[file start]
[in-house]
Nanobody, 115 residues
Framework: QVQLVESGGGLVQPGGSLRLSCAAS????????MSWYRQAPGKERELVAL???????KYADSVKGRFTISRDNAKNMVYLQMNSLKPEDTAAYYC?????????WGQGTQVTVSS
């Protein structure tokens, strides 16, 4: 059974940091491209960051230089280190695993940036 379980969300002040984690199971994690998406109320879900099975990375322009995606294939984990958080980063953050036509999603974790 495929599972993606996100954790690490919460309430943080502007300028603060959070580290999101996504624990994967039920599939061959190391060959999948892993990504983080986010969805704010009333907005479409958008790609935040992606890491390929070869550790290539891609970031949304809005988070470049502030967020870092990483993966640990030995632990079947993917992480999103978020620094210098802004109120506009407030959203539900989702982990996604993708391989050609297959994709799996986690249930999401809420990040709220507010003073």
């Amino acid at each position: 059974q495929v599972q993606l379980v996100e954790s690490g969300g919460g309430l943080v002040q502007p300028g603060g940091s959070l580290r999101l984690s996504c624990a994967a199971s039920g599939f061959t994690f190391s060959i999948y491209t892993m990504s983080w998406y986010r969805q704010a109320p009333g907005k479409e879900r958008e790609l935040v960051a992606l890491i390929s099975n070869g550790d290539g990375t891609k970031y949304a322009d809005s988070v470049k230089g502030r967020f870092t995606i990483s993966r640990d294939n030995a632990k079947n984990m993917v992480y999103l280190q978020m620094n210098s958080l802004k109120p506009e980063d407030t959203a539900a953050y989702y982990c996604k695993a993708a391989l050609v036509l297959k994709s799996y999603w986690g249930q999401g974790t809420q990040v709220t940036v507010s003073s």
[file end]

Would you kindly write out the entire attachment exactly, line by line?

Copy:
[in-house]
Nanobody, 115 residues
Framework: QVQLVESGGGLVQPGGSLRLSCAAS????????MSWYRQAPGKERELVAL???????KYADSVKGRFTISRDNAKNMVYLQMNSLKPEDTAAYYC?????????WGQGTQVTVSS
């Protein structure tokens, strides 16, 4: 059974940091491209960051230089280190695993940036 379980969300002040984690199971994690998406109320879900099975990375322009995606294939984990958080980063953050036509999603974790 495929599972993606996100954790690490919460309430943080502007300028603060959070580290999101996504624990994967039920599939061959190391060959999948892993990504983080986010969805704010009333907005479409958008790609935040992606890491390929070869550790290539891609970031949304809005988070470049502030967020870092990483993966640990030995632990079947993917992480999103978020620094210098802004109120506009407030959203539900989702982990996604993708391989050609297959994709799996986690249930999401809420990040709220507010003073």
């Amino acid at each position: 059974q495929v599972q993606l379980v996100e954790s690490g969300g919460g309430l943080v002040q502007p300028g603060g940091s959070l580290r999101l984690s996504c624990a994967a199971s039920g599939f061959t994690f190391s060959i999948y491209t892993m990504s983080w998406y986010r969805q704010a109320p009333g907005k479409e879900r958008e790609l935040v960051a992606l890491i390929s099975n070869g550790d290539g990375t891609k970031y949304a322009d809005s988070v470049k230089g502030r967020f870092t995606i990483s993966r640990d294939n030995a632990k079947n984990m993917v992480y999103l280190q978020m620094n210098s958080l802004k109120p506009e980063d407030t959203a539900a953050y989702y982990c996604k695993a993708a391989l050609v036509l297959k994709s799996y999603w986690g249930q999401g974790t809420q990040v709220t940036v507010s003073s």